Editors' ChoiceCancer

Hippo Arrests Tetraploid Cells

See allHide authors and affiliations

Science Signaling  26 Aug 2014:
Vol. 7, Issue 340, pp. ec227
DOI: 10.1126/scisignal.2005829

Cancer cells frequently exhibit tetraploidy, a doubling of the genome that can result from defects in cell division that usually should result in cell death. In nontransformed cells, tetraploidy triggers cell cycle arrest through the tumor suppressor protein p53. Ganem et al. found that the Hippo pathway is activated by tetraploidy and promotes p53 stability (see Zhao and Guan). An RNA interference (RNAi) screen in tetraploid RPE1, a retinal epithelial cell line, identified p53, the cell cycle inhibitor protein p21, and the Hippo pathway kinase LATS2 as proteins that restricted proliferation. Loss of LATS2 expression was observed in a small subpopulation of cells that exhibited spontaneous recovery of cell cycling. The abundance of p53 and the phosphorylation of LATS2 and its substrate, the transcriptional regulator Yes-associated protein (YAP), were greater in tetraploid than in diploid RPE1 cells. In the tetraploid cells, the proportion of cells with cytoplasmic YAP was also greater than in diploid cells, and the abundance of the transcriptional coactivator TAZ and the expression of YAP/TAZ target genes were decreased. Overexpression of nonphosphorylatable, but not of wild-type, YAP increased the proliferation of tetraploid cells. Consistent with the known function of LATS2 to inhibit the E3 ubiquitin ligase MDM2, which targets p53 for degradation, knocking down LATS2 decreased the abundance of p53 to an amount similar to that in diploid cells. HA-tagged LATS2 coimmunoprecipitated with endogenous MDM2 in tetraploid but not diploid RPE1 cells. To understand how the Hippo pathway and LATS2 may be activated in tetraploid cells, the authors examined the cells for changes in the cytoskeleton and contractility, which are known to regulate the Hippo pathway. Tetraploid cells exhibited decreased contractile force and had decreased activation of the contractility-associated proteins myosin light chain and RhoA, coincident with increased activation of Rac1, which inhibits RhoA in response to extra centrosomes. Proliferation of tetraploid cells was increased, and the abundance of p53 and phosphorylated LATS2 and YAP was decreased, by activating or overexpressing RhoA or by knocking down or inhibiting Rac1. Inducing extra centrosomes in diploid RPE-1 cells increased LATS2 phosphorylation, as well as YAP phosphorylation and p53 abundance in a LATS2-dependent manner. Hepatocytes in mice spontaneously become tetraploid with age. Knocking out p53 or expressing a liver-specific, constitutively active YAP enhanced the proliferation of tetraploid hepatocytes in vivo. The findings suggest that loss of Hippo signaling in cancer enables the propagation of tetraploid cells.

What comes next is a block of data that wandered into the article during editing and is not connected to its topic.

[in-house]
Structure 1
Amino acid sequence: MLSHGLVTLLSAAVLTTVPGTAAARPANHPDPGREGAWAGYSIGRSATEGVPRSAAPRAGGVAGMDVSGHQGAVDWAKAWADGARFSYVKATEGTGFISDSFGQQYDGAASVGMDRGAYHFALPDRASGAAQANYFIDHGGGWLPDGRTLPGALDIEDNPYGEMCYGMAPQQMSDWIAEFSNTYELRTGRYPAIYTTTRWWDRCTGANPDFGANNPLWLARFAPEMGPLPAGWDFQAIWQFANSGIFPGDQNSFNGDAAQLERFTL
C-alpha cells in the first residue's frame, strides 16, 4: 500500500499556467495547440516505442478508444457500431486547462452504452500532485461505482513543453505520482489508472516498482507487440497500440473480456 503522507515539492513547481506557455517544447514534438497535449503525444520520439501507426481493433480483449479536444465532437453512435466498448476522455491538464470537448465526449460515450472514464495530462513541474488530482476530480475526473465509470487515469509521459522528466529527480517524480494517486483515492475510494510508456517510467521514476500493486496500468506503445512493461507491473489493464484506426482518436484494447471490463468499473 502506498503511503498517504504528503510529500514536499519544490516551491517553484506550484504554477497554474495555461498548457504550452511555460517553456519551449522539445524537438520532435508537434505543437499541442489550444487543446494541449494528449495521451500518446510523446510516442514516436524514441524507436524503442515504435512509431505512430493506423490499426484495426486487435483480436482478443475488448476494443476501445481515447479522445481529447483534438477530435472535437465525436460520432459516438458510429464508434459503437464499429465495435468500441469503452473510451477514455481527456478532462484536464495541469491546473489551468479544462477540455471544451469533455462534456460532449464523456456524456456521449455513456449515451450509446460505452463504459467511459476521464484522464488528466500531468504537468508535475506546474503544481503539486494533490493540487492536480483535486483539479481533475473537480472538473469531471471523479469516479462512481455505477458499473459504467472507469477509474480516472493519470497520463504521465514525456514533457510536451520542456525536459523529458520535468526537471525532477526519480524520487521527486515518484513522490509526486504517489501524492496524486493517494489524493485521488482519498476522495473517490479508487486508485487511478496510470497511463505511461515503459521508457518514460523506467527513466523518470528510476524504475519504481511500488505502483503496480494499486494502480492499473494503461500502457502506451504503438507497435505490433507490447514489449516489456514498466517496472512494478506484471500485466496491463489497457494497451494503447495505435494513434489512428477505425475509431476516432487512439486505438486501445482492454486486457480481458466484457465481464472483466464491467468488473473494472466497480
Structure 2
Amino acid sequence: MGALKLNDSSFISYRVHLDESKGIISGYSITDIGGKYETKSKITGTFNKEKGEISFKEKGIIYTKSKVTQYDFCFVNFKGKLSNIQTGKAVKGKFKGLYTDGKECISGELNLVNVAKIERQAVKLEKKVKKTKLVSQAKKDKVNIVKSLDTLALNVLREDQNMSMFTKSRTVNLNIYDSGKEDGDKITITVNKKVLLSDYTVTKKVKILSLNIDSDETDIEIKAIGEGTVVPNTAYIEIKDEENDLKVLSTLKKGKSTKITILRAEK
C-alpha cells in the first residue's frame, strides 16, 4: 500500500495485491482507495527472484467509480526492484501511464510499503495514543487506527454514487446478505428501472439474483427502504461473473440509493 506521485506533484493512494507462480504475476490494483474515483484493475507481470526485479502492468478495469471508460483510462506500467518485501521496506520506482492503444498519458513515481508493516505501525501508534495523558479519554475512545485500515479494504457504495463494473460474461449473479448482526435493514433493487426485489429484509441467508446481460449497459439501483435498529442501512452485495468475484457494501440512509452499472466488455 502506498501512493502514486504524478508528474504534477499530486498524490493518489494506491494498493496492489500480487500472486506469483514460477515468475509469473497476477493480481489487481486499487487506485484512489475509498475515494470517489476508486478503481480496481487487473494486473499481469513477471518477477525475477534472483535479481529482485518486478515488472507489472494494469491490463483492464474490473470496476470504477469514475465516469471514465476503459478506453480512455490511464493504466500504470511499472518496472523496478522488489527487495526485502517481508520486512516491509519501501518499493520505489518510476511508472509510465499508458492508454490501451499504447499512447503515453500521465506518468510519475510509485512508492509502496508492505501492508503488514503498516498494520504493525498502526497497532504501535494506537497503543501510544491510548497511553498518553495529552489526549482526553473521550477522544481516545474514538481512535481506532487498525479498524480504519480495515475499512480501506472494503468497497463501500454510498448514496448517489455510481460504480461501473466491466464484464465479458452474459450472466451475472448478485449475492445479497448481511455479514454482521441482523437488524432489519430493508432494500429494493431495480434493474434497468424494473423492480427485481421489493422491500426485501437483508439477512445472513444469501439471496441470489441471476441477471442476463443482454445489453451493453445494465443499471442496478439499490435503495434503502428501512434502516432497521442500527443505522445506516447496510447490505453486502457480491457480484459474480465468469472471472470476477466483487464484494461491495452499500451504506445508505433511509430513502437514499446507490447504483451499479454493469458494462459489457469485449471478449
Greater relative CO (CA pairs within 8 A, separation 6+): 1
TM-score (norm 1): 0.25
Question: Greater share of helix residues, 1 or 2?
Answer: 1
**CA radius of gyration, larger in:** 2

N. J. Ganem, H. Cornils, S.-Y. Chiu, K. P. O’Rourke, J. Arnaud, D. Yimlamai, M. Théry, F. D. Camargo, D. Pellman, Cytokinesis failure triggers Hippos tumor suppressor pathway activation. Cell 158, 833–848 (2014). [PubMed]

B. Zhao, K.-L. Guan, Hippo pathway key to ploidy checkpoint. Cell 158, 695–696 (2014). [PubMed]

Stay Connected to Science Signaling